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Discussion Starter #1 (Edited)
My mom bought an old 12 gauge Springfield Model 67 Series D pump shotgun from one of my uncles some time back. It wasn't in great shape but not horrible, either. This is pretty much the same model of pump shotgun I grew up with as it is what my late father had for a 12 gauge pump. I have his but it rarely comes out due to the sentimental value. Anyhow, the one mom bought from my uncle was missing the ejector so I ordered a new one and replaced that for her. After I got that straightened out, we realized that it the last (fourth) shell in the magazine wouldn't load correctly. I think the mag tube spring is weak because the problem is that the last round doesn't completely exit the mag tube unless you hold the gun at an angle with the buttstock lower than the muzzle.

Well, as the years creep up on her, my mom's arm and upper body stamina/strength are lessening. She has a hard time holding long guns to her shoulder and that Springfield is pretty heavy. She is getting to the point that 12 gauge recoil is a little 'stout' for her, too. She has been wanting a .410 and she saw a Mossberg Security model .410 at a gun store and really liked it. I have been wanting a project gun so I bought the Springfield from her. She put the money I gave her for the Springfield toward a new Mossberg 500 .410 pump. It is a 'regular' model that has plastic furniture with a faux wood pattern - the LGS that had the security model is about an hour's drive away - but I am going to set it up like the security model for her.

Anyhow, I took off a couple of extra days to extend my Easter holiday. Yesterday (Monday) I had intended to fire up the tiller and begin planting my garden. The tiller had other ideas, though (wouldn't run) so I abandoned that, for now. Instead, I went to work on the Springfield. I ended up stripping the wood and redoing it and stripping and rebluing the metal all in one day (well, okay, I actually finished at 4 a.m. this morning.) The bluing could be better - probably a combination of getting in a hurry and having never done it, before - but it isn't bad. I am very pleased with the wood (I have more experience working with wood than with metal.)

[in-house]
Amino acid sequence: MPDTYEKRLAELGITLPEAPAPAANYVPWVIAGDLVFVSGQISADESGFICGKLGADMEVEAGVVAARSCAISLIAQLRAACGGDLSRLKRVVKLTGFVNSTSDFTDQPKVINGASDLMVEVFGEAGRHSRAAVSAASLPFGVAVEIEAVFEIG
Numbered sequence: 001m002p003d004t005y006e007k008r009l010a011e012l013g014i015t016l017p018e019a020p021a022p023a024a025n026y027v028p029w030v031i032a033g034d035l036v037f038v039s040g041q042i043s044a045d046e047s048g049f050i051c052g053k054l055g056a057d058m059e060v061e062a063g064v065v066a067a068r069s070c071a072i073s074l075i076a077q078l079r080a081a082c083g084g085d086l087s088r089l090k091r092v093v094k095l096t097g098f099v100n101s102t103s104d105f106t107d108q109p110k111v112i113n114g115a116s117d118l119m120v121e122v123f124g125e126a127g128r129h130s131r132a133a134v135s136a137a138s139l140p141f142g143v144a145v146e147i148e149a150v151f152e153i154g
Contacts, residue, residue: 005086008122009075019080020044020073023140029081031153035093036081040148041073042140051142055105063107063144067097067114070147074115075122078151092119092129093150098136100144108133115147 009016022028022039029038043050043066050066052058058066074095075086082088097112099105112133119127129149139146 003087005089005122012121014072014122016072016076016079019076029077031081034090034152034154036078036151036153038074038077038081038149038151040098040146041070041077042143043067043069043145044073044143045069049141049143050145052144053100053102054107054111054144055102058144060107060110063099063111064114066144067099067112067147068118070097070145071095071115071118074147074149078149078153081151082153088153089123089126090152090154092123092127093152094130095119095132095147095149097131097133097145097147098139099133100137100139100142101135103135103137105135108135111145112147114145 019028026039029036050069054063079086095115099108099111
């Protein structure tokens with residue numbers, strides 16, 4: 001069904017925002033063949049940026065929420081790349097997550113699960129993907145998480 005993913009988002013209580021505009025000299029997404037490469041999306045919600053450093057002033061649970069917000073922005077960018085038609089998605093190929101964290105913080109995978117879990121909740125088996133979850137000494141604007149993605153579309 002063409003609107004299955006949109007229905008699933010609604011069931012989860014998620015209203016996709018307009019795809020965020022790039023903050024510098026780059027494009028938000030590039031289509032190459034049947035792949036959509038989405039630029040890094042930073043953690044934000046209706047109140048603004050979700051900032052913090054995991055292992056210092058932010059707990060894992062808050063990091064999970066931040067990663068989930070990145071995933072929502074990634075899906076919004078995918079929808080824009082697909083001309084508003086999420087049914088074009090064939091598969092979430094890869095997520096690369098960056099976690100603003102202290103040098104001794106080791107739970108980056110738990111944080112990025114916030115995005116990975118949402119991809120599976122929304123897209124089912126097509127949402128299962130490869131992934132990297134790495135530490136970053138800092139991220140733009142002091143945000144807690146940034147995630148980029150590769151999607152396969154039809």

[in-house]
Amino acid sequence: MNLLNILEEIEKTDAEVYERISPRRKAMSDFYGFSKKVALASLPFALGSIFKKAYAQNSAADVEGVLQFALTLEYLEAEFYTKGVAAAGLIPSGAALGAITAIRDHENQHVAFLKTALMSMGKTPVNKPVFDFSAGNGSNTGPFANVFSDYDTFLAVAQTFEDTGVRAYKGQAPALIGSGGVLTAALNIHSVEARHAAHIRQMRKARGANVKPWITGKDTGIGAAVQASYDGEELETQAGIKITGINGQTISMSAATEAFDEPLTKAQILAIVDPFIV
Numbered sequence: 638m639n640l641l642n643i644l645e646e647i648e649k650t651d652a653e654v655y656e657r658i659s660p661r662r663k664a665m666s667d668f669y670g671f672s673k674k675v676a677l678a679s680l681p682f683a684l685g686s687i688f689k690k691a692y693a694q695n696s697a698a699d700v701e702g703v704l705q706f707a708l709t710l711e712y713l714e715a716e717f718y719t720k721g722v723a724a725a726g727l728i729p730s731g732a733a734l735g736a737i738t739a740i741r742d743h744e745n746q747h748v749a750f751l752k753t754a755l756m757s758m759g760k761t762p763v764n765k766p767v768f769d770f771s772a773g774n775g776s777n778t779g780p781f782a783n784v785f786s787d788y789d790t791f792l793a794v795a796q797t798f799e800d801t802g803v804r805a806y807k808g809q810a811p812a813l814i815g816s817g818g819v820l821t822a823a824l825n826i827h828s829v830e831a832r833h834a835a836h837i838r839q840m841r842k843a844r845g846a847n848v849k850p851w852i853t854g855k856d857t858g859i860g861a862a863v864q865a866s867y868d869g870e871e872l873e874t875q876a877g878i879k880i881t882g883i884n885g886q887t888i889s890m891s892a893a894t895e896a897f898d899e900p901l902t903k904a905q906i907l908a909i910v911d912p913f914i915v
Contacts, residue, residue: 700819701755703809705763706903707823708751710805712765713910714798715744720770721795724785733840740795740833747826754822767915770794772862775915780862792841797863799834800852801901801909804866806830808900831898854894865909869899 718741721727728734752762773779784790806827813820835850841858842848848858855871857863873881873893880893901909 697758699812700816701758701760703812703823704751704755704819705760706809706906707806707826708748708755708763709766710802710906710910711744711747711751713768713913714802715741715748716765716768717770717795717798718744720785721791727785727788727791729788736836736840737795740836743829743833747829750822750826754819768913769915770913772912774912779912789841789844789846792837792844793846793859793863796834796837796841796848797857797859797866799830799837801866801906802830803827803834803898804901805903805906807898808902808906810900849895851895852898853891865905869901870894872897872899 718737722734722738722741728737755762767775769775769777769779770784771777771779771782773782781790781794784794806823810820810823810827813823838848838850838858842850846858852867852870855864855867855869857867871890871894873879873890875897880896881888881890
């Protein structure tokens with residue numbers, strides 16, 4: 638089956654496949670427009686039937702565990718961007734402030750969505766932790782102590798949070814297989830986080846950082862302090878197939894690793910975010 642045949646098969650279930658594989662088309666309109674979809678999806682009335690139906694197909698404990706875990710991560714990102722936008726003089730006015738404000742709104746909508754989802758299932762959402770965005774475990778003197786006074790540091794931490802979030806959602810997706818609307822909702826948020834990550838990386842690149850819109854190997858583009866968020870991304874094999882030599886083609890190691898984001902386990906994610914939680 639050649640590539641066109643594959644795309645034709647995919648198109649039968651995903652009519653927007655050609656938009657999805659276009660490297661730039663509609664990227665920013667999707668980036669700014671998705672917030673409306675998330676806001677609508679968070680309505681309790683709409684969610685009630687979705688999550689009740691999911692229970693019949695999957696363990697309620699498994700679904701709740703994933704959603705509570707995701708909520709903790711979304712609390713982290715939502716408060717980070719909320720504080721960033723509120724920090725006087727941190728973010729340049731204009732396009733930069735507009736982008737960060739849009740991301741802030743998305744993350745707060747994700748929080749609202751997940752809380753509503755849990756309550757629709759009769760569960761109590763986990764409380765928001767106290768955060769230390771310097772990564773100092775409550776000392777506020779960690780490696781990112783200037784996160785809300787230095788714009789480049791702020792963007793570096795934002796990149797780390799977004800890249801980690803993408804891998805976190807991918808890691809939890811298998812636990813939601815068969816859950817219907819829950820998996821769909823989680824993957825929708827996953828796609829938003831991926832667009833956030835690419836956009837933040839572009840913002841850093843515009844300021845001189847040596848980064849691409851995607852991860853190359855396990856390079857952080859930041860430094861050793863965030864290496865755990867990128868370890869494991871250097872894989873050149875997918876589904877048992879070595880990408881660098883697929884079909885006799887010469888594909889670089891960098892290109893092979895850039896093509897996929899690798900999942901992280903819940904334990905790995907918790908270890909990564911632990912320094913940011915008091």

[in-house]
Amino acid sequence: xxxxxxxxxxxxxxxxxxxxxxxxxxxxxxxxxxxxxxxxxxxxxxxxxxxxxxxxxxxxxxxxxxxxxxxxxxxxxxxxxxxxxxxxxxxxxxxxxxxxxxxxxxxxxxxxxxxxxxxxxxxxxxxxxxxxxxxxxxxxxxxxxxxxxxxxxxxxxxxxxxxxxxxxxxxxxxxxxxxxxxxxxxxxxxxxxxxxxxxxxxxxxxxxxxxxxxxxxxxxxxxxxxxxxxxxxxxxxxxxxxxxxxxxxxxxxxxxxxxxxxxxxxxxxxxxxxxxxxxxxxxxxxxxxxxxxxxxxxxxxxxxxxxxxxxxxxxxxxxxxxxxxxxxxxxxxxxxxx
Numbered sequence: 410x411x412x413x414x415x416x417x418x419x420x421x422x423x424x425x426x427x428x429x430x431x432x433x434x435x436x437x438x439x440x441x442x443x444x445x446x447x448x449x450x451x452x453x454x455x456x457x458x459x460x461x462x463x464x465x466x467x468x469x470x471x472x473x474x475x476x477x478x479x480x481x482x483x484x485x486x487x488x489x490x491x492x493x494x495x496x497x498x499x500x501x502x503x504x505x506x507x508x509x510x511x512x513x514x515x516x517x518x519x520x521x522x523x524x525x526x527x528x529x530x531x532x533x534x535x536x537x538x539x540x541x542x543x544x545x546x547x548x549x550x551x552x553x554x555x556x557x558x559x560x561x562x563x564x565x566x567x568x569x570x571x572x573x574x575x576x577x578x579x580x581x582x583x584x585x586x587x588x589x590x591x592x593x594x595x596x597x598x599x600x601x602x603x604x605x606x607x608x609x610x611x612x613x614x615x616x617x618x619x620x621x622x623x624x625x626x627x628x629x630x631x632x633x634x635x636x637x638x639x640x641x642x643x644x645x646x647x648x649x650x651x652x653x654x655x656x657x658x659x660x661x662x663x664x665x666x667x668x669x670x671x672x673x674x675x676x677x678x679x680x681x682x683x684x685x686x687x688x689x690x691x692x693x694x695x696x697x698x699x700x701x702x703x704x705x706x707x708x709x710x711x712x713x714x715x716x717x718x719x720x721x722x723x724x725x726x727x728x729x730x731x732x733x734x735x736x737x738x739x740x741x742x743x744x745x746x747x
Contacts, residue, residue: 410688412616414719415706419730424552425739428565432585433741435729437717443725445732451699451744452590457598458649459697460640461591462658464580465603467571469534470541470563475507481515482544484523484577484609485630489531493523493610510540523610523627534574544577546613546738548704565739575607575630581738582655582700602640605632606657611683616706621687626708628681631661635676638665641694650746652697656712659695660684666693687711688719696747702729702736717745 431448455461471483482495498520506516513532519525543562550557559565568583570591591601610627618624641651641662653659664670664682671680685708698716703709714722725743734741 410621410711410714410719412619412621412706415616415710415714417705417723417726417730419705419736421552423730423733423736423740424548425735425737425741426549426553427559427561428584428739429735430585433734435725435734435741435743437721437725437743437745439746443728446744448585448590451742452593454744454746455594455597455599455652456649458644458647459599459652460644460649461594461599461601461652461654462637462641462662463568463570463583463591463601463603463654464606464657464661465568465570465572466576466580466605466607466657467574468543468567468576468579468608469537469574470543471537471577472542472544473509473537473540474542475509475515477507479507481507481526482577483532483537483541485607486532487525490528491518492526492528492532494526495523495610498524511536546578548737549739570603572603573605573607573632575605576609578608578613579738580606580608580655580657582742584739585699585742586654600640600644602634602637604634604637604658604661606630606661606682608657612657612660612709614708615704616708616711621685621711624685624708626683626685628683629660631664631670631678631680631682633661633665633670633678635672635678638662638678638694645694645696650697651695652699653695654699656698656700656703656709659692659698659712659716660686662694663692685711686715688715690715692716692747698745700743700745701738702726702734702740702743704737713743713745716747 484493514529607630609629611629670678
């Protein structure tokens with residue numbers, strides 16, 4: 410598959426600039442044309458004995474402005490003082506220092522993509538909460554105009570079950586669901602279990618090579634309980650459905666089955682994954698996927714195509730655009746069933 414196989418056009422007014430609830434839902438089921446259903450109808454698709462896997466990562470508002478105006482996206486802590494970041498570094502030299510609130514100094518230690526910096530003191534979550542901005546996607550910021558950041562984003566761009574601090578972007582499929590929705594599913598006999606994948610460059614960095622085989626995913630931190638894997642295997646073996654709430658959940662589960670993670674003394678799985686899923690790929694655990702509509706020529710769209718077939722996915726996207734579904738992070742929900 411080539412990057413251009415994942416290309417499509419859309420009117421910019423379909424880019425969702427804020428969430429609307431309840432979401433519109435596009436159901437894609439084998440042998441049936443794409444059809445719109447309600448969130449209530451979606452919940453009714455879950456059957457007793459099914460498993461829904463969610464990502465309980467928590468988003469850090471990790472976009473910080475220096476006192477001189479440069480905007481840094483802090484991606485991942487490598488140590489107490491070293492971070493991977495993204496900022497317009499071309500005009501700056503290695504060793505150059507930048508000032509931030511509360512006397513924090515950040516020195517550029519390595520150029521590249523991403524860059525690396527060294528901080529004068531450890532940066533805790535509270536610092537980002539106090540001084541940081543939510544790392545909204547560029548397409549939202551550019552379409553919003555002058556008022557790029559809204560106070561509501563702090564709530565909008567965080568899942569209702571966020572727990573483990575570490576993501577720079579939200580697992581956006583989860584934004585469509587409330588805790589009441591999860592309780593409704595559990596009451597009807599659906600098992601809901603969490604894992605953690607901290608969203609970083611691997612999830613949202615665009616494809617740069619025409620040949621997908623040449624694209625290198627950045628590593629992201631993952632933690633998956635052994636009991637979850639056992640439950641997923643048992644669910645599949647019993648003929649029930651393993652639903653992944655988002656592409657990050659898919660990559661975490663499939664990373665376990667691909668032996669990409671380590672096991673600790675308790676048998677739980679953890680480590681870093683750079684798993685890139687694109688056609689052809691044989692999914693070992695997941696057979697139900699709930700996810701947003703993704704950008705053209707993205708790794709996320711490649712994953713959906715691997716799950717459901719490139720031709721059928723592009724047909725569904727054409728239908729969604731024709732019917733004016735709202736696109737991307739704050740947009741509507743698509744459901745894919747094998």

First, I worked on the wood. For whatever reason, the rear corners of the foregrip/pump were buggered up. Looked almost like the foregrip wasn't original to the gun and someone had just broken the corners off so it would clear the receiver. I took the Dremel with the sanding drum to the corners to make them look more 'finished' and make them match, at least somewhat.

I then stripped the wood with 60 grit sandpaper. While I was at it with the 60 grit, I also did a tiny bit of minor modification. For one, anywhere that there was a 'corner' that didn't have to do with fitment to the shotgun I rounded the corners off - especially at the bottom edge of the 'pistol grip' portion of the buttstock. I also used the 60 grip to make the pistol grip portion ever so slightly more 'defined'. After that, I went over it with 400 grit to smooth it out and then polished it up with 600 grit until the naked wood had sort of a satin 'shine' almost as if it had some kind of treatment on it. What I found was that, under the original finish, there was some pretty nice lumber with a good amount of figure (grain pattern) on this old shotgun:

Original:



Sanded:



Original:



Sanded:



Original:



Sanded: